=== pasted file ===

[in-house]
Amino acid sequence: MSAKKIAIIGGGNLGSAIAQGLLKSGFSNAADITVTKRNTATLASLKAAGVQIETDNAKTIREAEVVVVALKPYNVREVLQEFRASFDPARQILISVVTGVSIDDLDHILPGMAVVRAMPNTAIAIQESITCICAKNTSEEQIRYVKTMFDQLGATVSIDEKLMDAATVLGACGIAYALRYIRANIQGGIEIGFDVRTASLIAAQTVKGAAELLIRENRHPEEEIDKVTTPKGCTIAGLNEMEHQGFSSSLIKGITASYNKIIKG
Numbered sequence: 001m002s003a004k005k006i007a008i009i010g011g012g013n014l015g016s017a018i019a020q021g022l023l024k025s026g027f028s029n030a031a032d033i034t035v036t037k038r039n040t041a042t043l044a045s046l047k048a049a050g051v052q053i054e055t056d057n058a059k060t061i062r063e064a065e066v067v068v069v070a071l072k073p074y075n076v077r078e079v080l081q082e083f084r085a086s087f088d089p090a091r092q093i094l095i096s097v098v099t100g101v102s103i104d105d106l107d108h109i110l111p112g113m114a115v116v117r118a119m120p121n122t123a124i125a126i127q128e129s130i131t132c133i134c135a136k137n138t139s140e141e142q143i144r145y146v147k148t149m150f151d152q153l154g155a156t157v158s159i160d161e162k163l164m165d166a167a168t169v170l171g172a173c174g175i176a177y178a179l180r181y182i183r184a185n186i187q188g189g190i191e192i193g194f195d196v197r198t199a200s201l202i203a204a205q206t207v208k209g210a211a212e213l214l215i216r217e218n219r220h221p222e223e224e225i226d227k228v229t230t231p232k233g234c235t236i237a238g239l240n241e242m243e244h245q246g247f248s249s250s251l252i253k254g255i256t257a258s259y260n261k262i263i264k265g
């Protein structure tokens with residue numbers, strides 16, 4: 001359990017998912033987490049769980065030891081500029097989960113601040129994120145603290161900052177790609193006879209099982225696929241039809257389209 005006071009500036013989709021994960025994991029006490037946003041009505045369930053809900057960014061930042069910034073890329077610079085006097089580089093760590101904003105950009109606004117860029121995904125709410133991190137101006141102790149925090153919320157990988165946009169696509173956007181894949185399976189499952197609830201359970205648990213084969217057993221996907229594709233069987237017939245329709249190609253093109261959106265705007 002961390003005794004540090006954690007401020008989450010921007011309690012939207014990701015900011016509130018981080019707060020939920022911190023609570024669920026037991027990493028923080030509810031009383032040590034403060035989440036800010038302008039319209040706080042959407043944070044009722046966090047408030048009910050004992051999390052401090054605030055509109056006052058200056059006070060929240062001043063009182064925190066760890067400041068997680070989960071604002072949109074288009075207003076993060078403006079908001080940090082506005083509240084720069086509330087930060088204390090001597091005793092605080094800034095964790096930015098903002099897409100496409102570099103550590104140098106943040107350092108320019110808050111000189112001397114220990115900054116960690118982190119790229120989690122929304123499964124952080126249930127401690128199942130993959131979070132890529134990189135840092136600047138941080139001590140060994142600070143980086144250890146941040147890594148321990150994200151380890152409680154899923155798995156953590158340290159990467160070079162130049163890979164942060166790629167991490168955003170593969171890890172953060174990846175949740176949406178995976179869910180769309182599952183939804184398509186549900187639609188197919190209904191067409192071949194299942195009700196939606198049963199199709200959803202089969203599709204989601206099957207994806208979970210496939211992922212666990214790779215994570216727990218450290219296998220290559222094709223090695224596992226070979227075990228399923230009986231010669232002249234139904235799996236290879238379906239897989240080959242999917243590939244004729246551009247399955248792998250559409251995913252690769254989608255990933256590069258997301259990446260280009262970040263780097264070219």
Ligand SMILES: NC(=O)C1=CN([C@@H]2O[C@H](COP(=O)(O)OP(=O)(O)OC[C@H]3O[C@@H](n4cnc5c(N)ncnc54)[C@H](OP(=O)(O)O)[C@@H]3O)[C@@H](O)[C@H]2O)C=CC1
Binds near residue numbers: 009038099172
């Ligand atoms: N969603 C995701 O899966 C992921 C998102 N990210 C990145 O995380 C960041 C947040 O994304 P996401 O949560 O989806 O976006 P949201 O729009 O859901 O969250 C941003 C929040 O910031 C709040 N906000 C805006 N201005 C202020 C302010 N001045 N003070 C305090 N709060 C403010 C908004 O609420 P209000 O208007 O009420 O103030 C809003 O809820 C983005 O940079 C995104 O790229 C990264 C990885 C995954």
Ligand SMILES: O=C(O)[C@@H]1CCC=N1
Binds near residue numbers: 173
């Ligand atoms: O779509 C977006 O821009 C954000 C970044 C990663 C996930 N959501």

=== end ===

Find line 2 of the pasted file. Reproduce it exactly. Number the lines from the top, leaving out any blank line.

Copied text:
Amino acid sequence: MSAKKIAIIGGGNLGSAIAQGLLKSGFSNAADITVTKRNTATLASLKAAGVQIETDNAKTIREAEVVVVALKPYNVREVLQEFRASFDPARQILISVVTGVSIDDLDHILPGMAVVRAMPNTAIAIQESITCICAKNTSEEQIRYVKTMFDQLGATVSIDEKLMDAATVLGACGIAYALRYIRANIQGGIEIGFDVRTASLIAAQTVKGAAELLIRENRHPEEEIDKVTTPKGCTIAGLNEMEHQGFSSSLIKGITASYNKIIKG